When you shop at the grocery store during the busiest times on weekends, you’ll receive less of what you want and more of what you don’t want. Not only will you encounter long lines, but you’ll also have to wade through a variety of produce that might not be as fresh due to increased demand. Instead, go shopping early in the morning. Try calling your local grocery shop to find out when their produce is delivered so that you can buy the freshest fruits and vegetables.
6. Made with whole food:
Another example is a bag of chips that says “made with whole grain,” but it also contains trans fats. The statement on the label that the food is made with whole grains contradicts the statement on the label. Another thing to keep in mind is that just because something is low in saturated fat doesn’t mean it’s a healthy meal for you.
7. Calories consumed per day:
Compared to similar products, make choices that are close to those with fewer calories. In a supermarket, the print size is often different between products. On a box of Cheerios, the print is six times larger than on a bottle of ketchup. This makes it hard to compare similar items without reading every label carefully.
8. Take a look at the weekly ads:
Fruits and vegetables that are in season will be less expensive and taste better than non-seasonal fruits and vegetables. If the fruit is not in season, make sure to freeze it. The best way to eat healthy while on a budget is by shopping for the foods that are sold at a discounted price.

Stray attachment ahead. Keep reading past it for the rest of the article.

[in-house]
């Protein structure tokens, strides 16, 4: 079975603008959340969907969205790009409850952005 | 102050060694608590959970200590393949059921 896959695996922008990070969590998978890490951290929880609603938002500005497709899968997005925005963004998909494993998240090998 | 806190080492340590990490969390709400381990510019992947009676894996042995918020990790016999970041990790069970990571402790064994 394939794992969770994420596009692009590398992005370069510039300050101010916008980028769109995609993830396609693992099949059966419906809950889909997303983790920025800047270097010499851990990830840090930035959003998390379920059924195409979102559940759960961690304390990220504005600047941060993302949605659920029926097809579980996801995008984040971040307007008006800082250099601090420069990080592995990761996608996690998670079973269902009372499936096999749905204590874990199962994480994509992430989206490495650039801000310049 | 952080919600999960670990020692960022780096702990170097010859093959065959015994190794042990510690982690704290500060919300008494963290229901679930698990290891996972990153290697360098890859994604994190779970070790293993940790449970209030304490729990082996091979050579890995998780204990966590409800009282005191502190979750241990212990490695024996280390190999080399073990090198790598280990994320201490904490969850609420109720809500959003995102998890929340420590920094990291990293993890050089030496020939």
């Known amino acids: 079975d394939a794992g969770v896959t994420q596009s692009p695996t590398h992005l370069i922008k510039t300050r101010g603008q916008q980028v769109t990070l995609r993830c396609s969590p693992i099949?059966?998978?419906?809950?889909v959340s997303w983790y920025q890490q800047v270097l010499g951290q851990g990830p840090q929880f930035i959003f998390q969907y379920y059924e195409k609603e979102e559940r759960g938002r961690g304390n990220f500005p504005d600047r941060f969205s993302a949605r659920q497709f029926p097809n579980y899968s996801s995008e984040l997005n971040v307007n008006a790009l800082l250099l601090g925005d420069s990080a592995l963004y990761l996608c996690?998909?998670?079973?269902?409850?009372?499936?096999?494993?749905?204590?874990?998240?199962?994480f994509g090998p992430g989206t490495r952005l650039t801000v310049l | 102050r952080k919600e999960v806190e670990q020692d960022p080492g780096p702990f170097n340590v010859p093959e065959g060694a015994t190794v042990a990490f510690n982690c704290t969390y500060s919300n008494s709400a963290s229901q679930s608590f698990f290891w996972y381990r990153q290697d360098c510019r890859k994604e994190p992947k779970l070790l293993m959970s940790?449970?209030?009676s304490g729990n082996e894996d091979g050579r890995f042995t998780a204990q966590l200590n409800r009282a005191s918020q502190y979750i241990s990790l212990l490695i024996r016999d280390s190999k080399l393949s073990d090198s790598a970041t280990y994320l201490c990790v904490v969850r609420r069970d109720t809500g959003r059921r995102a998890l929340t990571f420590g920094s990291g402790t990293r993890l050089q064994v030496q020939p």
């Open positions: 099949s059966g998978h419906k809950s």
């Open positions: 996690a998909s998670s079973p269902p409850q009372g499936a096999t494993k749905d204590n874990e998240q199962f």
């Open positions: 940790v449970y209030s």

9. Buying in bulk:
A small price difference refers to a large quantity of food. Some foods are great to buy in bulk, such as pantry staples and other healthy canned varieties. Also, consider buying whole grain products like oats, beans, legumes, and rice in bulk. The initial cost of buying in bulk can be a deterrent, but it is worth it in the long run as the per-unit cost will be much lower.
10. Online Grocery Shopping:
Online grocery shopping is becoming a viable option for those who want to spend less time, effort, and money on their groceries. Major retailers make it easy for consumers to pick out what they need for the week ahead and place it all in one order.
11. The food label:
The Nutrition Facts label can be deceiving. Many items that are considered healthy actually aren’t, and many foods that aren’t thought to be healthy actually are.
One example is fat-free salad dressing. Most people think the less fat a food has, the healthier it is for us, but this is not always true. Fat-free salad dressings usually have higher amounts of sodium than regular dressings.
12. Healthy eating with canned and frozen foods:
Buying frozen or canned fruits and vegetables helps avoid food waste as the fruits and vegetables will be in a preserved state so that they last longer. With this, you can always have fruits and vegetables on hand whether you are at home or at work. Be careful with unhealthy food choices and to learn more about healthy canned food, visit here.
You need to be aware of how much salt they consume from food. The general recommendation for most people is to limit their sodium intake to 2,300 milligrams a day. To avoid consuming too much sodium, look for canned fish, chicken, or lean meat packaged in water rather than oil.
We hope that these steps will assist you in avoiding modern shopping pitfalls and lead to healthier and happier lives.